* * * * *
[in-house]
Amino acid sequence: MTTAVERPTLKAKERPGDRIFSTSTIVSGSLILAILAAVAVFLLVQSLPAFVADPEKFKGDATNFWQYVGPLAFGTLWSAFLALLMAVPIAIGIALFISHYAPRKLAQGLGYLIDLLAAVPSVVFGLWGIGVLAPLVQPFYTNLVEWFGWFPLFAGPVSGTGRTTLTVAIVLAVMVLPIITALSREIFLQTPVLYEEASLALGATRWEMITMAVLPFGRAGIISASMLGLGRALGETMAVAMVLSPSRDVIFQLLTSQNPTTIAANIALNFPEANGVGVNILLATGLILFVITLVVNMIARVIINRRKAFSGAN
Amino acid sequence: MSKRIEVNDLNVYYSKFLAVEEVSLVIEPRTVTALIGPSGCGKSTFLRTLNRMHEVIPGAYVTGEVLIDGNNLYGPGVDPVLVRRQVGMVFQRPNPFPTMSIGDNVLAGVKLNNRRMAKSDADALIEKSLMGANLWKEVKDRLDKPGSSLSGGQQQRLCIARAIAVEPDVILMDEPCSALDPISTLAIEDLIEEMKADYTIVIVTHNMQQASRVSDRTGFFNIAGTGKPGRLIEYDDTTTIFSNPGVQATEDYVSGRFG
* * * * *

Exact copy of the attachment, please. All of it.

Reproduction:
[in-house]
Amino acid sequence: MTTAVERPTLKAKERPGDRIFSTSTIVSGSLILAILAAVAVFLLVQSLPAFVADPEKFKGDATNFWQYVGPLAFGTLWSAFLALLMAVPIAIGIALFISHYAPRKLAQGLGYLIDLLAAVPSVVFGLWGIGVLAPLVQPFYTNLVEWFGWFPLFAGPVSGTGRTTLTVAIVLAVMVLPIITALSREIFLQTPVLYEEASLALGATRWEMITMAVLPFGRAGIISASMLGLGRALGETMAVAMVLSPSRDVIFQLLTSQNPTTIAANIALNFPEANGVGVNILLATGLILFVITLVVNMIARVIINRRKAFSGAN
Amino acid sequence: MSKRIEVNDLNVYYSKFLAVEEVSLVIEPRTVTALIGPSGCGKSTFLRTLNRMHEVIPGAYVTGEVLIDGNNLYGPGVDPVLVRRQVGMVFQRPNPFPTMSIGDNVLAGVKLNNRRMAKSDADALIEKSLMGANLWKEVKDRLDKPGSSLSGGQQQRLCIARAIAVEPDVILMDEPCSALDPISTLAIEDLIEEMKADYTIVIVTHNMQQASRVSDRTGFFNIAGTGKPGRLIEYDDTTTIFSNPGVQATEDYVSGRFG